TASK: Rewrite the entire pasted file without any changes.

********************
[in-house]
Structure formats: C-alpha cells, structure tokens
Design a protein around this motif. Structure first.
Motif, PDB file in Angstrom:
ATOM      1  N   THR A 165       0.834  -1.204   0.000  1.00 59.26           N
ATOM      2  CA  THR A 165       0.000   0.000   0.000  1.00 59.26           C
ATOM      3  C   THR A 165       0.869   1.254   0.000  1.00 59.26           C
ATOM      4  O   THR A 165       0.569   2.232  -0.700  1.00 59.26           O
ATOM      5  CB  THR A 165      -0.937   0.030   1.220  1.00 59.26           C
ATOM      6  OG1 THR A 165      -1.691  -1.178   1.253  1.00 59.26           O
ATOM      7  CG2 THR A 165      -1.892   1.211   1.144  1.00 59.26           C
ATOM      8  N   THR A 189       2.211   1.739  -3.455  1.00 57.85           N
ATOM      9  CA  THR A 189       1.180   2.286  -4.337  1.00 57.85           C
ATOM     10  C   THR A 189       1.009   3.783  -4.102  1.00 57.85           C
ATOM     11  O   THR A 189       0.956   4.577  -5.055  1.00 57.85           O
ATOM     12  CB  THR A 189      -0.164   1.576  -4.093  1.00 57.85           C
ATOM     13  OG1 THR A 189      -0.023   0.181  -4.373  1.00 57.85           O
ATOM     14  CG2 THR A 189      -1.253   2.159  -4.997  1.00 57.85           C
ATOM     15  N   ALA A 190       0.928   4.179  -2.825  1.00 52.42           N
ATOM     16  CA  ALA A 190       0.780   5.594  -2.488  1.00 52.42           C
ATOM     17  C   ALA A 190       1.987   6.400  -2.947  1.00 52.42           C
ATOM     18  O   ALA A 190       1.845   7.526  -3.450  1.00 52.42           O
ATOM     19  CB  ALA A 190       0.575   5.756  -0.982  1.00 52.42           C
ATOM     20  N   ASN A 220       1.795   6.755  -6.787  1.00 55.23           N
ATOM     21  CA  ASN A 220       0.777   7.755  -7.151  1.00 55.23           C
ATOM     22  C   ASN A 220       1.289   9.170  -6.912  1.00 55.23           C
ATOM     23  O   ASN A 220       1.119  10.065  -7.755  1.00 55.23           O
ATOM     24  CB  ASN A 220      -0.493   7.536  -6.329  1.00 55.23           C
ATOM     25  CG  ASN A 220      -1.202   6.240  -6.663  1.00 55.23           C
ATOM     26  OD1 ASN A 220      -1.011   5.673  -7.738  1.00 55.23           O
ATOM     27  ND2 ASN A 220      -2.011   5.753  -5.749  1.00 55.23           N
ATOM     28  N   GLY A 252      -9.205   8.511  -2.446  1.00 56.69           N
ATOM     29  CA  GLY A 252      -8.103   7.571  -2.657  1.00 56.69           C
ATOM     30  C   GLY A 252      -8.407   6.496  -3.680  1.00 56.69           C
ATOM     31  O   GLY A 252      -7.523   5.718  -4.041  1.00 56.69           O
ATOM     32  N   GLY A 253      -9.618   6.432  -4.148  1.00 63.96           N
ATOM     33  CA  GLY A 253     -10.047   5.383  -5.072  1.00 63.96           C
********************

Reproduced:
[in-house]
Structure formats: C-alpha cells, structure tokens
Design a protein around this motif. Structure first.
Motif, PDB file in Angstrom:
ATOM      1  N   THR A 165       0.834  -1.204   0.000  1.00 59.26           N
ATOM      2  CA  THR A 165       0.000   0.000   0.000  1.00 59.26           C
ATOM      3  C   THR A 165       0.869   1.254   0.000  1.00 59.26           C
ATOM      4  O   THR A 165       0.569   2.232  -0.700  1.00 59.26           O
ATOM      5  CB  THR A 165      -0.937   0.030   1.220  1.00 59.26           C
ATOM      6  OG1 THR A 165      -1.691  -1.178   1.253  1.00 59.26           O
ATOM      7  CG2 THR A 165      -1.892   1.211   1.144  1.00 59.26           C
ATOM      8  N   THR A 189       2.211   1.739  -3.455  1.00 57.85           N
ATOM      9  CA  THR A 189       1.180   2.286  -4.337  1.00 57.85           C
ATOM     10  C   THR A 189       1.009   3.783  -4.102  1.00 57.85           C
ATOM     11  O   THR A 189       0.956   4.577  -5.055  1.00 57.85           O
ATOM     12  CB  THR A 189      -0.164   1.576  -4.093  1.00 57.85           C
ATOM     13  OG1 THR A 189      -0.023   0.181  -4.373  1.00 57.85           O
ATOM     14  CG2 THR A 189      -1.253   2.159  -4.997  1.00 57.85           C
ATOM     15  N   ALA A 190       0.928   4.179  -2.825  1.00 52.42           N
ATOM     16  CA  ALA A 190       0.780   5.594  -2.488  1.00 52.42           C
ATOM     17  C   ALA A 190       1.987   6.400  -2.947  1.00 52.42           C
ATOM     18  O   ALA A 190       1.845   7.526  -3.450  1.00 52.42           O
ATOM     19  CB  ALA A 190       0.575   5.756  -0.982  1.00 52.42           C
ATOM     20  N   ASN A 220       1.795   6.755  -6.787  1.00 55.23           N
ATOM     21  CA  ASN A 220       0.777   7.755  -7.151  1.00 55.23           C
ATOM     22  C   ASN A 220       1.289   9.170  -6.912  1.00 55.23           C
ATOM     23  O   ASN A 220       1.119  10.065  -7.755  1.00 55.23           O
ATOM     24  CB  ASN A 220      -0.493   7.536  -6.329  1.00 55.23           C
ATOM     25  CG  ASN A 220      -1.202   6.240  -6.663  1.00 55.23           C
ATOM     26  OD1 ASN A 220      -1.011   5.673  -7.738  1.00 55.23           O
ATOM     27  ND2 ASN A 220      -2.011   5.753  -5.749  1.00 55.23           N
ATOM     28  N   GLY A 252      -9.205   8.511  -2.446  1.00 56.69           N
ATOM     29  CA  GLY A 252      -8.103   7.571  -2.657  1.00 56.69           C
ATOM     30  C   GLY A 252      -8.407   6.496  -3.680  1.00 56.69           C
ATOM     31  O   GLY A 252      -7.523   5.718  -4.041  1.00 56.69           O
ATOM     32  N   GLY A 253      -9.618   6.432  -4.148  1.00 63.96           N
ATOM     33  CA  GLY A 253     -10.047   5.383  -5.072  1.00 63.96           C